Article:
Non-medical exemptions from childhood vaccinations are rising in some areas of the United States, creating a risk of vaccine-preventable disease outbreaks, argue Peter Hotez, Melissa Nolan, Jackie Nolan, and Ashish Damania in a Policy Forum article in PLOS Medicine.
Eighteen US states currently permit non-medical exemptions from childhood vaccinations owing to "philosophical beliefs." The team from the National School of Tropical Medicine at Baylor College of Medicine and the Texas Children's Hospital Center for Vaccine Development analysed routine data from these states, and found an increase since 2009 in the number of children enrolling in kindergarten with a non-medical exemption in 12 of the states.
They identified several metropolitan areas across the country that stand out as "hotspots" of vaccination exemptions, including major metropolitan areas in the Pacific Northwest, Texas, Utah, and Arizona, as well as less populated and rural counties in Idaho. In a further analysis, the authors found that higher rates of non-medical exemptions in individual states were associated with lower rates of MMR (measles, mumps and rubella) vaccination coverage.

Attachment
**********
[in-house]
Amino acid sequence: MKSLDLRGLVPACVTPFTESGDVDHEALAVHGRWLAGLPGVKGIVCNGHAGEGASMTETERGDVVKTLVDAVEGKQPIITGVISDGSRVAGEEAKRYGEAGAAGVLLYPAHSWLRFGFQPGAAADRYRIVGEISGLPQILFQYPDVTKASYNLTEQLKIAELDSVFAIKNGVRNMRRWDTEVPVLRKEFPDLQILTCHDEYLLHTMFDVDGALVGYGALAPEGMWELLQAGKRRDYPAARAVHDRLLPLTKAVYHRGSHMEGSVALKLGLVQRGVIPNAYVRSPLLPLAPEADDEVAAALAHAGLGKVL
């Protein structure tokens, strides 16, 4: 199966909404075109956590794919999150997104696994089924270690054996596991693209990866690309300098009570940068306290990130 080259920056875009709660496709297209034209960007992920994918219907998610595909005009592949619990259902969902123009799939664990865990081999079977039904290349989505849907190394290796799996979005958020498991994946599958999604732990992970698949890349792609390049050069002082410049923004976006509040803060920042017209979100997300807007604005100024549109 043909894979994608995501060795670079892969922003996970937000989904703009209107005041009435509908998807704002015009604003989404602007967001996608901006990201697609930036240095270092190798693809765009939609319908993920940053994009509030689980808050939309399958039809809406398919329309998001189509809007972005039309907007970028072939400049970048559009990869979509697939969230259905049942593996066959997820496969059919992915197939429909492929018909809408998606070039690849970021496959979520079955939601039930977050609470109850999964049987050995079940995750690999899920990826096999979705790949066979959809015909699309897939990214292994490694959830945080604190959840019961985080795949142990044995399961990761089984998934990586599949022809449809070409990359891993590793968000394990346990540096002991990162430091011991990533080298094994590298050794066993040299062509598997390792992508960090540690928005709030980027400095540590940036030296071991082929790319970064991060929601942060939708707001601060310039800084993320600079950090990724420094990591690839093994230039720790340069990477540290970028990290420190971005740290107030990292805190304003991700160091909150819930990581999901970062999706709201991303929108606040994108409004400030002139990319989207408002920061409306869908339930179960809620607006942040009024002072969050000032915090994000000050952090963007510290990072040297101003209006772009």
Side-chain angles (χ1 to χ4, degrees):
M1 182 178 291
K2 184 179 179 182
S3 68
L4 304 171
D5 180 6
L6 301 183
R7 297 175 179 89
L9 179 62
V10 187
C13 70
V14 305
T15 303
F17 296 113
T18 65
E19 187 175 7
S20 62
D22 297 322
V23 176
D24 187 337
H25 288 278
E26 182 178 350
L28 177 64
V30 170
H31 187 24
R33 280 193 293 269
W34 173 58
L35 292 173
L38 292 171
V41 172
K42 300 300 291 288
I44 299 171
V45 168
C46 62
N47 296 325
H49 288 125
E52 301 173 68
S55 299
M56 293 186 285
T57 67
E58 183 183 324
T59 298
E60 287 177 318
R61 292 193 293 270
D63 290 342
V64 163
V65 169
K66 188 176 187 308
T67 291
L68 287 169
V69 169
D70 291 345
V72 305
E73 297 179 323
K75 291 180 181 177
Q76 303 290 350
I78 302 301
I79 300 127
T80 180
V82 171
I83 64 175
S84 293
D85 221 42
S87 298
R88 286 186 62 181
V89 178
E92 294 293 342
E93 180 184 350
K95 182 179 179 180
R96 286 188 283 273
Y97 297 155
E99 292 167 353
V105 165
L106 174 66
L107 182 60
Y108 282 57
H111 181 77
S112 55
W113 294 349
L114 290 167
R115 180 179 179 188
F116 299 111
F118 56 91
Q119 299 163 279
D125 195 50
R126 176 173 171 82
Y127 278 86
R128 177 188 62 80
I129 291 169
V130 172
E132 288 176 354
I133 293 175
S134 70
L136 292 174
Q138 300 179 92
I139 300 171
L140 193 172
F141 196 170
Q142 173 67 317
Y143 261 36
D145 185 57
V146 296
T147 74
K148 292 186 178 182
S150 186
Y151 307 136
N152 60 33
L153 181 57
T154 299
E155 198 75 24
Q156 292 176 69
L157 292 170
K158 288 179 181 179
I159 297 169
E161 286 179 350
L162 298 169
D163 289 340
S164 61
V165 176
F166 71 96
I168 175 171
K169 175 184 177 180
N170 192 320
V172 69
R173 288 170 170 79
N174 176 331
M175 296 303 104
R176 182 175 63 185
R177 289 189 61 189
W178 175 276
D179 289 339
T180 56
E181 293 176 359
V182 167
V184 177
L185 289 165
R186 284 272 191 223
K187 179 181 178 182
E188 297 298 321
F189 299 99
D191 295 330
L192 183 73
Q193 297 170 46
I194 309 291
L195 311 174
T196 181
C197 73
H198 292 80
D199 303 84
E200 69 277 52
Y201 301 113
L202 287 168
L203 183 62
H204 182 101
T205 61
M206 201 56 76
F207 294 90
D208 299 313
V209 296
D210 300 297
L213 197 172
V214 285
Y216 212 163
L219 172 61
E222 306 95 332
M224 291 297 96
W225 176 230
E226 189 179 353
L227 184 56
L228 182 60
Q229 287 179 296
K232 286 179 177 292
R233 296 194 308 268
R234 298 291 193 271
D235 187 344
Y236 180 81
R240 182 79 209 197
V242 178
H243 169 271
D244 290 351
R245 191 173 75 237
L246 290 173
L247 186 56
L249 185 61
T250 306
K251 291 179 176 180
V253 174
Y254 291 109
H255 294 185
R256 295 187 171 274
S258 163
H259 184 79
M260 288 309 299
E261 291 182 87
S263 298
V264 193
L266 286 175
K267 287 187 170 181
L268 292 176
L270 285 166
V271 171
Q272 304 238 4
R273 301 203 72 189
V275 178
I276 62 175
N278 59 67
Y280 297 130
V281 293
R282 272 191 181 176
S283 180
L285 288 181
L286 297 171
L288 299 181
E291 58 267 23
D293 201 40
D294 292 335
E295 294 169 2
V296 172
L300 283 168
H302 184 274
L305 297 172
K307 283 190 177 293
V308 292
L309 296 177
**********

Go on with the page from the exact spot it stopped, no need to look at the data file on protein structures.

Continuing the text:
Highly infectious diseases
Hotez and colleagues emphasize the near-complete vaccination coverage — 90 to 95% — needed to protect children from highly infectious diseases such as measles, citing the 2014-15 outbreak in Anaheim, California that was associated with low vaccination coverage and led to a ban on non-medical exemptions in California.
"Stricter legislative action to close [non-medical exemptions from vaccination] should become a higher priority," the authors say. They also note: "Our concern is that the rising [non-medical exemptions] linked to the anti-vaccine movement in the US will stimulate other countries to follow a similar path."